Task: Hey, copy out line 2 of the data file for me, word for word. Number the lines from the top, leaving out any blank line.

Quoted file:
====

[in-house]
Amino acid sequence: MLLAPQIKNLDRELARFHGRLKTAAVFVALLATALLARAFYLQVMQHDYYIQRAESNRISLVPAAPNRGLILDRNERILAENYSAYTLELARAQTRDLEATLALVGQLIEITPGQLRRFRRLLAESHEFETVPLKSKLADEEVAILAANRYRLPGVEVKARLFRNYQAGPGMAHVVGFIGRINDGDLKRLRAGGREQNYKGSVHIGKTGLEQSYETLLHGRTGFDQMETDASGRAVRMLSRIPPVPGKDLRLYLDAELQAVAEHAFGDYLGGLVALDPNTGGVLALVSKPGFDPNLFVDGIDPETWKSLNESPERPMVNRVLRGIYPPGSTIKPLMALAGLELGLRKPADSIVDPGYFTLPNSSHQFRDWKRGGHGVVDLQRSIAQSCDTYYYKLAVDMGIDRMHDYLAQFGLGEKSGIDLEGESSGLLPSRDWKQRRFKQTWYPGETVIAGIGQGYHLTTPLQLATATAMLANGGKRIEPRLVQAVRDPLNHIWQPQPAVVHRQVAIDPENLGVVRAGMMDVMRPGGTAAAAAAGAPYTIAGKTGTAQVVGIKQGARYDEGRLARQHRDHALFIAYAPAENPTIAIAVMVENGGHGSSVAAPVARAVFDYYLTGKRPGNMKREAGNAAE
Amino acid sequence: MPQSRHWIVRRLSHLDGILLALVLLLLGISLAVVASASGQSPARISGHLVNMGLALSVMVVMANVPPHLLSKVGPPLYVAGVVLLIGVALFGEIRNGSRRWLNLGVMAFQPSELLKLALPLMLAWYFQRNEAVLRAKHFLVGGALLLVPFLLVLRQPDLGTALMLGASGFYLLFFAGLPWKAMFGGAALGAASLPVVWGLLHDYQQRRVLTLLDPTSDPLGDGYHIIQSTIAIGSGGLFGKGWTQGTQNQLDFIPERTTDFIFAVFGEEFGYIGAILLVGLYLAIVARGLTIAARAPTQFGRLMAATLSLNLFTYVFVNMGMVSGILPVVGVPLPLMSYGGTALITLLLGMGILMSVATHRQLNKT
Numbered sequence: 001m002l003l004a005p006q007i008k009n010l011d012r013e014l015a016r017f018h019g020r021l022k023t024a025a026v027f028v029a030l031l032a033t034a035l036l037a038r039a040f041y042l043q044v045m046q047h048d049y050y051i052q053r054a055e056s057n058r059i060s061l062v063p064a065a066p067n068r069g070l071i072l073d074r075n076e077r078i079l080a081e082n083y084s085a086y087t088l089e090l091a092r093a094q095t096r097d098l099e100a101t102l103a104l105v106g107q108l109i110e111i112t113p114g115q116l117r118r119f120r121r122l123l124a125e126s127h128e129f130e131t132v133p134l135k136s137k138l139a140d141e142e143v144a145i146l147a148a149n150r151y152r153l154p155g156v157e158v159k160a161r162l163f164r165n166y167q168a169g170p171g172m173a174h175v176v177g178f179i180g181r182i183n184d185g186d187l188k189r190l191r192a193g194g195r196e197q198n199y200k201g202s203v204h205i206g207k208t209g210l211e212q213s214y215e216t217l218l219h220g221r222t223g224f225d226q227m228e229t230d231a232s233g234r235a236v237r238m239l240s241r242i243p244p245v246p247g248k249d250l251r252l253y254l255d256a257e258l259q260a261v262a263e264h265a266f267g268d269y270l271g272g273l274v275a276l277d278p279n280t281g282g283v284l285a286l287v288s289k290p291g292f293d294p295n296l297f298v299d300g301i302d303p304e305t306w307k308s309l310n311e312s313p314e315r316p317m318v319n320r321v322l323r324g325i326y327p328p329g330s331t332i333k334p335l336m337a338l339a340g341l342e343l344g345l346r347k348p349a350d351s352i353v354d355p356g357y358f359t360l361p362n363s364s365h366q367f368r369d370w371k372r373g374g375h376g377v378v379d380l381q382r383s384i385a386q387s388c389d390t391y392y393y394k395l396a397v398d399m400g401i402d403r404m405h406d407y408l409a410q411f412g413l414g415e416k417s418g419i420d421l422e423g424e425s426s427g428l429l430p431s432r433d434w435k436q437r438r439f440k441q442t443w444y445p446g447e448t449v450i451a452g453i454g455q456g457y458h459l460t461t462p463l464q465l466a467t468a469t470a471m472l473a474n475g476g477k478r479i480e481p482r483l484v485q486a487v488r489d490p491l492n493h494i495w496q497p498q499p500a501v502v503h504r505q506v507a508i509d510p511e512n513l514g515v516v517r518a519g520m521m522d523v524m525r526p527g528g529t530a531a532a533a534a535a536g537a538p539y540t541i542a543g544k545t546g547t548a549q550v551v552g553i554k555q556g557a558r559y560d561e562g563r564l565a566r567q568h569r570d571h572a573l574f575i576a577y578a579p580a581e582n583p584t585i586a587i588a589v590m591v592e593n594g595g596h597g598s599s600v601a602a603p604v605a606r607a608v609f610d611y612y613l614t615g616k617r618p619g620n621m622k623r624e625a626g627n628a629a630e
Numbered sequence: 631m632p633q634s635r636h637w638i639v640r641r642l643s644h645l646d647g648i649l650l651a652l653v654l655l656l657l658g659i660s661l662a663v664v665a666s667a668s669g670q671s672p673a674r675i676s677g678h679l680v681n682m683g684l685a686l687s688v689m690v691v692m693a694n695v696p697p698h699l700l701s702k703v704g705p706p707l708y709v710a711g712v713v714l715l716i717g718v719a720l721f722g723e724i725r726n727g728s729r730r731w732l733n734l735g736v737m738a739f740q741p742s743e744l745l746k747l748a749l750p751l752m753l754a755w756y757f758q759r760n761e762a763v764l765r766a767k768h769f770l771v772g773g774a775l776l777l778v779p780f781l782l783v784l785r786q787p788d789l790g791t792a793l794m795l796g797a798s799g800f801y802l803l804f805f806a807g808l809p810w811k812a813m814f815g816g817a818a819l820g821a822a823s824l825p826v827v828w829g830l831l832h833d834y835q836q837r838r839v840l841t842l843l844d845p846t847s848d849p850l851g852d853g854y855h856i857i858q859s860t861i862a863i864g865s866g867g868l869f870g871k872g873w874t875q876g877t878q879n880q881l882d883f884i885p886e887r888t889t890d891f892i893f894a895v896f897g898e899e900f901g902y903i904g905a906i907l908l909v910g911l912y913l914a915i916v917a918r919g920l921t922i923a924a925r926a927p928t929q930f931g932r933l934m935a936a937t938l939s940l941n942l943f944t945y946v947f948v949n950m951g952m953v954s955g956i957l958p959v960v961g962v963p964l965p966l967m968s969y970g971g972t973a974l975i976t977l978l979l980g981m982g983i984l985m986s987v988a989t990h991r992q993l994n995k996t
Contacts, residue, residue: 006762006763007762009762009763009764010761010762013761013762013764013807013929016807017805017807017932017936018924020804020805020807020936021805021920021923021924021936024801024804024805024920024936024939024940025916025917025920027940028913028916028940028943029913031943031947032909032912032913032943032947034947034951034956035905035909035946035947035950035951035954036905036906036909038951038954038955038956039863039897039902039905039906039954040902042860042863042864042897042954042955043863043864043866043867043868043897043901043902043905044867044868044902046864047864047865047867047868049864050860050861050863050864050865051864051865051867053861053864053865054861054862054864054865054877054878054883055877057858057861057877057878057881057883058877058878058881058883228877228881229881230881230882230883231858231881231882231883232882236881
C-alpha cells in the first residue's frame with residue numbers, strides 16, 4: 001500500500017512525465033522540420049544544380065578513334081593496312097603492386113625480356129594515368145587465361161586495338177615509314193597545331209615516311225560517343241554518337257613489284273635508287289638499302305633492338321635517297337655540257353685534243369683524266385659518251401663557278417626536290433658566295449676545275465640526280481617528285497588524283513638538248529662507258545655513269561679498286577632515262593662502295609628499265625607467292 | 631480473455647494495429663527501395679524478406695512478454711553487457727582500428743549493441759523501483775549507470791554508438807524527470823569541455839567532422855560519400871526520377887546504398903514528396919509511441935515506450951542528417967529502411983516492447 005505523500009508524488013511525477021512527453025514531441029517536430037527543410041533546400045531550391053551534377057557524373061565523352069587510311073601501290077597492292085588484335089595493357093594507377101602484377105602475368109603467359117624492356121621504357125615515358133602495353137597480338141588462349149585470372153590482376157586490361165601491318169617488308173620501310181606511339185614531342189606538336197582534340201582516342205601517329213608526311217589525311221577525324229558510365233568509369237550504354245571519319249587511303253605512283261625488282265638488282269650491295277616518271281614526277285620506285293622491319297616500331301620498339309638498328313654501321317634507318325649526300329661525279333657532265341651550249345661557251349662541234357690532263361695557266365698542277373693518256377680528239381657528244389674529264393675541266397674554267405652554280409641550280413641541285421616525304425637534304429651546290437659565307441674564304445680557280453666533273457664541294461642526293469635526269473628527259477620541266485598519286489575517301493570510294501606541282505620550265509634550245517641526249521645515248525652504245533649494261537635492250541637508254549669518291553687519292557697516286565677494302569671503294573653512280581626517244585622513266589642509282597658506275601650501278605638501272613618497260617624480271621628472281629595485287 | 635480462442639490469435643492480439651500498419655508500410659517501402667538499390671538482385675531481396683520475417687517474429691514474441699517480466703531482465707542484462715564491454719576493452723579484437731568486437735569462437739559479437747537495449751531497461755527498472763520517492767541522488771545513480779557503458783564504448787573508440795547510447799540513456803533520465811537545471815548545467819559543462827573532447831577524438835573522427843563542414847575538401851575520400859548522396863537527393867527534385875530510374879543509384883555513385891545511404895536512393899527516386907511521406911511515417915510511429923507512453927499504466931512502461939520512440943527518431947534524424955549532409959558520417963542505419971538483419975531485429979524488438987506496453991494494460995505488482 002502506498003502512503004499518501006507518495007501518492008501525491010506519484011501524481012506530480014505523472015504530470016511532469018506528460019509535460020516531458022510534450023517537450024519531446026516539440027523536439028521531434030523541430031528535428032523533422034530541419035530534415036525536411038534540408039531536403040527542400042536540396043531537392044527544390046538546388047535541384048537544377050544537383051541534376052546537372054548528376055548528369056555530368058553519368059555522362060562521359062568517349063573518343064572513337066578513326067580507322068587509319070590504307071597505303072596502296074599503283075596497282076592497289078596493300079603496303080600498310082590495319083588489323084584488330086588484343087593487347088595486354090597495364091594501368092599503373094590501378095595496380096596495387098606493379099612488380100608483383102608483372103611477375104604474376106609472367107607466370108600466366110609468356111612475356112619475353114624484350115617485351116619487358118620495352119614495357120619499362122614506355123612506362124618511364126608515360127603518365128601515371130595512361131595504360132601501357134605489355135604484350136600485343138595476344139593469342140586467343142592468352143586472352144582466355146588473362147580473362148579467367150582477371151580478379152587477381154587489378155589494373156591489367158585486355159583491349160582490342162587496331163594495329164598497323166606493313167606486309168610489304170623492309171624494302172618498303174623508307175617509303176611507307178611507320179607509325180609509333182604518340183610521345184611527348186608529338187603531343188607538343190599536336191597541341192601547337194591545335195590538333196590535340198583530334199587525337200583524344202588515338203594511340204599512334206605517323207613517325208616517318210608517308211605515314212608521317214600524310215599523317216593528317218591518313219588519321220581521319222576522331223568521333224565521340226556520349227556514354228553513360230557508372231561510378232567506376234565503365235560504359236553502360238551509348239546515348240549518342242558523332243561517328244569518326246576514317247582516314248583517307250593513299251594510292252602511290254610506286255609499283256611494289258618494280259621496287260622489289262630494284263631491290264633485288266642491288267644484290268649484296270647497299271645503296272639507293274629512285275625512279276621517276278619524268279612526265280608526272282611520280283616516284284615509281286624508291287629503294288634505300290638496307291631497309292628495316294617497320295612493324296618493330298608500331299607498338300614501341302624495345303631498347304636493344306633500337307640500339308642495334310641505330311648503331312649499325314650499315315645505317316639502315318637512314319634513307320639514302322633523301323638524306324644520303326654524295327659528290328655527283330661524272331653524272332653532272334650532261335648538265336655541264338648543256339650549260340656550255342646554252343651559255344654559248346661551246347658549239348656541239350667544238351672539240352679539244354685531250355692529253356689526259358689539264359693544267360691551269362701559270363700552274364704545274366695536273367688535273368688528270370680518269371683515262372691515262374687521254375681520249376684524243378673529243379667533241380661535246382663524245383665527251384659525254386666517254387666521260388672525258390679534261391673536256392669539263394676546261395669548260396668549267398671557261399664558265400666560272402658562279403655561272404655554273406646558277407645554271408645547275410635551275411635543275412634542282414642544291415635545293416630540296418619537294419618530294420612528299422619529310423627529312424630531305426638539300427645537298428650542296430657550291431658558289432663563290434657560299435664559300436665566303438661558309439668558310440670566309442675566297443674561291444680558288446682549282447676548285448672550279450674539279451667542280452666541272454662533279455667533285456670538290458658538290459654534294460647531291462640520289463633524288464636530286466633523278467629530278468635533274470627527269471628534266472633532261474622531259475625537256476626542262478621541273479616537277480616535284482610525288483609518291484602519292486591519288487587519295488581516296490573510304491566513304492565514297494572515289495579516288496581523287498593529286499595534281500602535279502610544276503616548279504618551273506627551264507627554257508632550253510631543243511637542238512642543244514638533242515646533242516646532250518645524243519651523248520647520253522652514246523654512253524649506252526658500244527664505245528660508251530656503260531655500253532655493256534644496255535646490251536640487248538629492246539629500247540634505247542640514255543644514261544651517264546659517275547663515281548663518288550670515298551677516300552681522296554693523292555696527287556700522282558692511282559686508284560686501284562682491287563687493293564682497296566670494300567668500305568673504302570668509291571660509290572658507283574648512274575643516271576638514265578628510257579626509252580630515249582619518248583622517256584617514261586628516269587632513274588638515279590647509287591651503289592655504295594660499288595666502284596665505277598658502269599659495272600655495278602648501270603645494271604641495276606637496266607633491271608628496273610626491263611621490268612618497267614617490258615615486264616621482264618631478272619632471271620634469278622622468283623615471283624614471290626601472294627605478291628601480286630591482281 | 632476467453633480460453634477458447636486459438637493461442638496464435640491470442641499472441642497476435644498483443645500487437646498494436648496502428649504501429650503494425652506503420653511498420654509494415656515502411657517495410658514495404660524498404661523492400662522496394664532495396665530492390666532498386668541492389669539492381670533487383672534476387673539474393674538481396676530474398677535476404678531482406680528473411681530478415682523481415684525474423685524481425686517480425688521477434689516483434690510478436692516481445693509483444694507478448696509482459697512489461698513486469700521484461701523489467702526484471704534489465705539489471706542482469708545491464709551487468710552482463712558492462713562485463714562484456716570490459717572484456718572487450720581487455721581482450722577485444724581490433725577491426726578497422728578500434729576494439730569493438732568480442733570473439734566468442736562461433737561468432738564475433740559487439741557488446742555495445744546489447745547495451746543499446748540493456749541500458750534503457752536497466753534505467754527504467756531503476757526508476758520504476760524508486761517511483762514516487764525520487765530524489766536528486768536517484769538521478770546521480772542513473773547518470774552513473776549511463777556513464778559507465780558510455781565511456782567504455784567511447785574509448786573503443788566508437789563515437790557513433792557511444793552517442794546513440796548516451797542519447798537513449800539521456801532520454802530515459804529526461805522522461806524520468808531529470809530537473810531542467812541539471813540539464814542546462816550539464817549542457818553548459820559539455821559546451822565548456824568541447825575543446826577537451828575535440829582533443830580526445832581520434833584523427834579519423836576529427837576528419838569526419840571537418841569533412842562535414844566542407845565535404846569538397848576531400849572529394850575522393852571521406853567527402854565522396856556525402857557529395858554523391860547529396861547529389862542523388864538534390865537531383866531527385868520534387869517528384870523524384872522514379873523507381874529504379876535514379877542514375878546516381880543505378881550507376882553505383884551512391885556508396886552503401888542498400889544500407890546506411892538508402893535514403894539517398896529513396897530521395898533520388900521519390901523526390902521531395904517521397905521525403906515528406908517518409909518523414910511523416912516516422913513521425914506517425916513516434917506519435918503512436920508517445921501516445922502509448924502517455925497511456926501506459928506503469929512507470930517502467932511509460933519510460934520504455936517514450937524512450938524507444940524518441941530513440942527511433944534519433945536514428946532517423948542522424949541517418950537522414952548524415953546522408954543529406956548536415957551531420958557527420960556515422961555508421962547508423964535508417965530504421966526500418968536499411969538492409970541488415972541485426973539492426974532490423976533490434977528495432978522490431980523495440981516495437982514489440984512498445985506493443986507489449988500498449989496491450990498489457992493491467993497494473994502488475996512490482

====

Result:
Amino acid sequence: MLLAPQIKNLDRELARFHGRLKTAAVFVALLATALLARAFYLQVMQHDYYIQRAESNRISLVPAAPNRGLILDRNERILAENYSAYTLELARAQTRDLEATLALVGQLIEITPGQLRRFRRLLAESHEFETVPLKSKLADEEVAILAANRYRLPGVEVKARLFRNYQAGPGMAHVVGFIGRINDGDLKRLRAGGREQNYKGSVHIGKTGLEQSYETLLHGRTGFDQMETDASGRAVRMLSRIPPVPGKDLRLYLDAELQAVAEHAFGDYLGGLVALDPNTGGVLALVSKPGFDPNLFVDGIDPETWKSLNESPERPMVNRVLRGIYPPGSTIKPLMALAGLELGLRKPADSIVDPGYFTLPNSSHQFRDWKRGGHGVVDLQRSIAQSCDTYYYKLAVDMGIDRMHDYLAQFGLGEKSGIDLEGESSGLLPSRDWKQRRFKQTWYPGETVIAGIGQGYHLTTPLQLATATAMLANGGKRIEPRLVQAVRDPLNHIWQPQPAVVHRQVAIDPENLGVVRAGMMDVMRPGGTAAAAAAGAPYTIAGKTGTAQVVGIKQGARYDEGRLARQHRDHALFIAYAPAENPTIAIAVMVENGGHGSSVAAPVARAVFDYYLTGKRPGNMKREAGNAAE